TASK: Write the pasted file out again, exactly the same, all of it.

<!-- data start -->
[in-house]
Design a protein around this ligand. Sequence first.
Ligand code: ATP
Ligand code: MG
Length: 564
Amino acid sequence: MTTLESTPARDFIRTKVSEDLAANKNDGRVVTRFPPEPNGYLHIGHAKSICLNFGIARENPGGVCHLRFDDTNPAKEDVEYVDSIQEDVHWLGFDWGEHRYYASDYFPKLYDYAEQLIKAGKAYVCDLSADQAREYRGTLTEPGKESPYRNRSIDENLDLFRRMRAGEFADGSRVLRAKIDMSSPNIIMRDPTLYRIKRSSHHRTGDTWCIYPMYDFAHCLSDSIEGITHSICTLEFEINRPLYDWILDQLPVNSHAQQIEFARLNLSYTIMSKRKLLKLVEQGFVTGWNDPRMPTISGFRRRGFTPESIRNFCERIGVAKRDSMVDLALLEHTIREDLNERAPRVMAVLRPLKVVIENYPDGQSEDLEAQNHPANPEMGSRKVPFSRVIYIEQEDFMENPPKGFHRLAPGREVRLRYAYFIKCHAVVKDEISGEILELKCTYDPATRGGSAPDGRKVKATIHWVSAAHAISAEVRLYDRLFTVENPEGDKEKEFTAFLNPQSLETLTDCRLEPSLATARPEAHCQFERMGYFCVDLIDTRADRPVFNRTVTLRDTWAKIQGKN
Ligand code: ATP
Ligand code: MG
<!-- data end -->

[in-house]
Design a protein around this ligand. Sequence first.
Ligand code: ATP
Ligand code: MG
Length: 564
Amino acid sequence: MTTLESTPARDFIRTKVSEDLAANKNDGRVVTRFPPEPNGYLHIGHAKSICLNFGIARENPGGVCHLRFDDTNPAKEDVEYVDSIQEDVHWLGFDWGEHRYYASDYFPKLYDYAEQLIKAGKAYVCDLSADQAREYRGTLTEPGKESPYRNRSIDENLDLFRRMRAGEFADGSRVLRAKIDMSSPNIIMRDPTLYRIKRSSHHRTGDTWCIYPMYDFAHCLSDSIEGITHSICTLEFEINRPLYDWILDQLPVNSHAQQIEFARLNLSYTIMSKRKLLKLVEQGFVTGWNDPRMPTISGFRRRGFTPESIRNFCERIGVAKRDSMVDLALLEHTIREDLNERAPRVMAVLRPLKVVIENYPDGQSEDLEAQNHPANPEMGSRKVPFSRVIYIEQEDFMENPPKGFHRLAPGREVRLRYAYFIKCHAVVKDEISGEILELKCTYDPATRGGSAPDGRKVKATIHWVSAAHAISAEVRLYDRLFTVENPEGDKEKEFTAFLNPQSLETLTDCRLEPSLATARPEAHCQFERMGYFCVDLIDTRADRPVFNRTVTLRDTWAKIQGKN
Ligand code: ATP
Ligand code: MG